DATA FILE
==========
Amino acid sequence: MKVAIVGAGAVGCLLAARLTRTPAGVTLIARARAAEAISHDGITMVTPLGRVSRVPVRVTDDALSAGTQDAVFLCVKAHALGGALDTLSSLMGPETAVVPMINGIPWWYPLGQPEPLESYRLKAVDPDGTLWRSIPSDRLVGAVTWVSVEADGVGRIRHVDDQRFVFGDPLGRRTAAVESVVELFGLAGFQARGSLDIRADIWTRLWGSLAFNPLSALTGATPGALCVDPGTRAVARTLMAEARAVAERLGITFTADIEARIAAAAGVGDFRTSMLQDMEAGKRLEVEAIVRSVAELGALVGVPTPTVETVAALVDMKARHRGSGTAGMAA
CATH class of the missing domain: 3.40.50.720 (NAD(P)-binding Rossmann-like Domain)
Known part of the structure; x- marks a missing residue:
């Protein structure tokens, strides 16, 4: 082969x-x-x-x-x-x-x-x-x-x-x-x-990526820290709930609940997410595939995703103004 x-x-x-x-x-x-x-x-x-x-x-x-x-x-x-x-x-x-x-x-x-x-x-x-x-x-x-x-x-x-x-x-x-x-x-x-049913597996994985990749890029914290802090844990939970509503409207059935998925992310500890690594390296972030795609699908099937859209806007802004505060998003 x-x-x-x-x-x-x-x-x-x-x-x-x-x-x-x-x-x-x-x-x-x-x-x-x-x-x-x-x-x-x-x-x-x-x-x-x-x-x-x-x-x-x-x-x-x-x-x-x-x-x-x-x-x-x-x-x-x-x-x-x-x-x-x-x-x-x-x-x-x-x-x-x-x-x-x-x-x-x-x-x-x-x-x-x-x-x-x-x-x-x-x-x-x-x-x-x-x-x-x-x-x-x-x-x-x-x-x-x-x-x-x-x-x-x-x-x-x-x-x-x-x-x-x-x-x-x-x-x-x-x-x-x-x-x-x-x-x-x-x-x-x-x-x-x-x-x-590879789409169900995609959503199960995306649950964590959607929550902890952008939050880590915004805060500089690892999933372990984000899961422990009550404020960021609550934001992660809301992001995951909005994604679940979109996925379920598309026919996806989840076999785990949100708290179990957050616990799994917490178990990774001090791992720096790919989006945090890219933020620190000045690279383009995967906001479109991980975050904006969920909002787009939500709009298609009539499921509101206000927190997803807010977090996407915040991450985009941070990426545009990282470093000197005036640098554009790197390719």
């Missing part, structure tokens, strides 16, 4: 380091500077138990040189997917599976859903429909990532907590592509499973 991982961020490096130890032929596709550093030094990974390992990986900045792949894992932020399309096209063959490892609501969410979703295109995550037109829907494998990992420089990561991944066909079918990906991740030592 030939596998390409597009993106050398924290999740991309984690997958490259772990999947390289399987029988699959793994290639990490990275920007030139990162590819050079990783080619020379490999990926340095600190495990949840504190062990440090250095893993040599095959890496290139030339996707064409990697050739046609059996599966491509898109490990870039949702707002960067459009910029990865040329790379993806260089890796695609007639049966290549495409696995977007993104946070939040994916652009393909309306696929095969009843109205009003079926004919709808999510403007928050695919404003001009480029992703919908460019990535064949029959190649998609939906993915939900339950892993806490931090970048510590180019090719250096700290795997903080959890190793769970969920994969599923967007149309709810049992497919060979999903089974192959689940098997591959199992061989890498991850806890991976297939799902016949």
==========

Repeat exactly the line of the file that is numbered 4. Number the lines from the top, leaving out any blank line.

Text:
């Protein structure tokens, strides 16, 4: 082969x-x-x-x-x-x-x-x-x-x-x-x-990526820290709930609940997410595939995703103004 x-x-x-x-x-x-x-x-x-x-x-x-x-x-x-x-x-x-x-x-x-x-x-x-x-x-x-x-x-x-x-x-x-x-x-x-049913597996994985990749890029914290802090844990939970509503409207059935998925992310500890690594390296972030795609699908099937859209806007802004505060998003 x-x-x-x-x-x-x-x-x-x-x-x-x-x-x-x-x-x-x-x-x-x-x-x-x-x-x-x-x-x-x-x-x-x-x-x-x-x-x-x-x-x-x-x-x-x-x-x-x-x-x-x-x-x-x-x-x-x-x-x-x-x-x-x-x-x-x-x-x-x-x-x-x-x-x-x-x-x-x-x-x-x-x-x-x-x-x-x-x-x-x-x-x-x-x-x-x-x-x-x-x-x-x-x-x-x-x-x-x-x-x-x-x-x-x-x-x-x-x-x-x-x-x-x-x-x-x-x-x-x-x-x-x-x-x-x-x-x-x-x-x-x-x-x-x-x-x-590879789409169900995609959503199960995306649950964590959607929550902890952008939050880590915004805060500089690892999933372990984000899961422990009550404020960021609550934001992660809301992001995951909005994604679940979109996925379920598309026919996806989840076999785990949100708290179990957050616990799994917490178990990774001090791992720096790919989006945090890219933020620190000045690279383009995967906001479109991980975050904006969920909002787009939500709009298609009539499921509101206000927190997803807010977090996407915040991450985009941070990426545009990282470093000197005036640098554009790197390719």